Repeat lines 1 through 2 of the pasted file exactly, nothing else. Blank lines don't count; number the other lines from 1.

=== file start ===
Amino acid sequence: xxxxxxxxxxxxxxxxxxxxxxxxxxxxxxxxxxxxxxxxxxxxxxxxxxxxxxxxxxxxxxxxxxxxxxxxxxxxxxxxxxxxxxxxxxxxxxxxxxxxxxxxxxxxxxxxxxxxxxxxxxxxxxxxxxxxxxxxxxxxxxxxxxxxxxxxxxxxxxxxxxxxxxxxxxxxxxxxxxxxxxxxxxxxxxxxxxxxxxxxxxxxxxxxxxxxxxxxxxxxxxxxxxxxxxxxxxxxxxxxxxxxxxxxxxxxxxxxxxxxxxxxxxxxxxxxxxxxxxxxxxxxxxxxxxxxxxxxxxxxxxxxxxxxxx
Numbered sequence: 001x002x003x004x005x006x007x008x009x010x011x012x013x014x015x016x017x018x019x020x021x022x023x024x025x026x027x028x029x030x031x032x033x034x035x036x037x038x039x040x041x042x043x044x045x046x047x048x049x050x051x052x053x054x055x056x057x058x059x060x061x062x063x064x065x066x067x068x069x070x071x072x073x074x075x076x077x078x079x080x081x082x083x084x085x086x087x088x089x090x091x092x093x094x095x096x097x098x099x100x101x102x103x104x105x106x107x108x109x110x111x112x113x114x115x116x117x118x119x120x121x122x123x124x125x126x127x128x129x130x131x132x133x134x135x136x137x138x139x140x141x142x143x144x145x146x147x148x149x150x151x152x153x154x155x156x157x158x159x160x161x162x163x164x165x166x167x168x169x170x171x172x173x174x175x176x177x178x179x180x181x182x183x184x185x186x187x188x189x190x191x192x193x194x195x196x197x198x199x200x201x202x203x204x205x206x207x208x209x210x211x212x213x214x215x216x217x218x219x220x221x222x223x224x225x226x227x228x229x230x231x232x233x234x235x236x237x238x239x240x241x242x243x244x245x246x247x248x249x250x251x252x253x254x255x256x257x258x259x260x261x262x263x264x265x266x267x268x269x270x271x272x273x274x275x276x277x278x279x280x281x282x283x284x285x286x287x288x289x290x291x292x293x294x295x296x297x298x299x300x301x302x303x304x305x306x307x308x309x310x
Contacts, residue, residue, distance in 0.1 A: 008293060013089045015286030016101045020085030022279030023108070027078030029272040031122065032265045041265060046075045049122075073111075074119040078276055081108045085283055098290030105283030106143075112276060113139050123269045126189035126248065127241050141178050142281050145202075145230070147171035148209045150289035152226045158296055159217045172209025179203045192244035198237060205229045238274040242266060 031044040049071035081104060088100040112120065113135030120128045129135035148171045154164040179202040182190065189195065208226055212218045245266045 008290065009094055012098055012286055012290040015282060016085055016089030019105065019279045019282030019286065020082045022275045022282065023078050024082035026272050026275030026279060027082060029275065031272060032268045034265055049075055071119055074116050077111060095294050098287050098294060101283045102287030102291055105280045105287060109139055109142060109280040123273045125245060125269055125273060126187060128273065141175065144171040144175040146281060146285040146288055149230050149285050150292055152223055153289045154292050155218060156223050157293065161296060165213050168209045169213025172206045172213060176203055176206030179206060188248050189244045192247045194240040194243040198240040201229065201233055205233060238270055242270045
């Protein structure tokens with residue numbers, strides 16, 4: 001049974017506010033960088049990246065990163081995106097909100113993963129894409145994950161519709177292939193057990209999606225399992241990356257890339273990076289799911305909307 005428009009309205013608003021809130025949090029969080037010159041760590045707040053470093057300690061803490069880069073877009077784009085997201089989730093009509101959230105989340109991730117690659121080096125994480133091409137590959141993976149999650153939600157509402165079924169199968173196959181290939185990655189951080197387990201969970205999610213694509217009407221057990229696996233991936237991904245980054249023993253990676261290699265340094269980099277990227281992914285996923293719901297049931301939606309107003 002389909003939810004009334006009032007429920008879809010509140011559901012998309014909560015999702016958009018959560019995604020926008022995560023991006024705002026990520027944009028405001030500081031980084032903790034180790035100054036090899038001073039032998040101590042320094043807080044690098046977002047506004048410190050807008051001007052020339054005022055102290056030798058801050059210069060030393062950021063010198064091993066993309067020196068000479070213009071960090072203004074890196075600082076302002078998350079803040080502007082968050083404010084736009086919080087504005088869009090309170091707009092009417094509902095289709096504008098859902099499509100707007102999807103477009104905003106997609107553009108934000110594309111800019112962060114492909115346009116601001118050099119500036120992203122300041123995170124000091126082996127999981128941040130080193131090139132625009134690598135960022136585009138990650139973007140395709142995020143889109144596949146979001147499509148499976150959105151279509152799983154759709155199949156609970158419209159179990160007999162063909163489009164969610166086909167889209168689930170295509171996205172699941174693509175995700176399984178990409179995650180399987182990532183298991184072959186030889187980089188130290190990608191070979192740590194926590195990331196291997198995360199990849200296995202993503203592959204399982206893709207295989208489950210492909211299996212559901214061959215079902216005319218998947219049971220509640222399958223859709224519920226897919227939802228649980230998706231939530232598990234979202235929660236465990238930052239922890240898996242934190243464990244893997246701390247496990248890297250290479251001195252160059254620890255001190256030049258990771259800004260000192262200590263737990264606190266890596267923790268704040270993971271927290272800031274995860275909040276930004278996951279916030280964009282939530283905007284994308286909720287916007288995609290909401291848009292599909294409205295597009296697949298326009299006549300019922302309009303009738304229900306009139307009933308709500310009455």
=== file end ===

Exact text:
Amino acid sequence: xxxxxxxxxxxxxxxxxxxxxxxxxxxxxxxxxxxxxxxxxxxxxxxxxxxxxxxxxxxxxxxxxxxxxxxxxxxxxxxxxxxxxxxxxxxxxxxxxxxxxxxxxxxxxxxxxxxxxxxxxxxxxxxxxxxxxxxxxxxxxxxxxxxxxxxxxxxxxxxxxxxxxxxxxxxxxxxxxxxxxxxxxxxxxxxxxxxxxxxxxxxxxxxxxxxxxxxxxxxxxxxxxxxxxxxxxxxxxxxxxxxxxxxxxxxxxxxxxxxxxxxxxxxxxxxxxxxxxxxxxxxxxxxxxxxxxxxxxxxxxxxxxxxxxx
Numbered sequence: 001x002x003x004x005x006x007x008x009x010x011x012x013x014x015x016x017x018x019x020x021x022x023x024x025x026x027x028x029x030x031x032x033x034x035x036x037x038x039x040x041x042x043x044x045x046x047x048x049x050x051x052x053x054x055x056x057x058x059x060x061x062x063x064x065x066x067x068x069x070x071x072x073x074x075x076x077x078x079x080x081x082x083x084x085x086x087x088x089x090x091x092x093x094x095x096x097x098x099x100x101x102x103x104x105x106x107x108x109x110x111x112x113x114x115x116x117x118x119x120x121x122x123x124x125x126x127x128x129x130x131x132x133x134x135x136x137x138x139x140x141x142x143x144x145x146x147x148x149x150x151x152x153x154x155x156x157x158x159x160x161x162x163x164x165x166x167x168x169x170x171x172x173x174x175x176x177x178x179x180x181x182x183x184x185x186x187x188x189x190x191x192x193x194x195x196x197x198x199x200x201x202x203x204x205x206x207x208x209x210x211x212x213x214x215x216x217x218x219x220x221x222x223x224x225x226x227x228x229x230x231x232x233x234x235x236x237x238x239x240x241x242x243x244x245x246x247x248x249x250x251x252x253x254x255x256x257x258x259x260x261x262x263x264x265x266x267x268x269x270x271x272x273x274x275x276x277x278x279x280x281x282x283x284x285x286x287x288x289x290x291x292x293x294x295x296x297x298x299x300x301x302x303x304x305x306x307x308x309x310x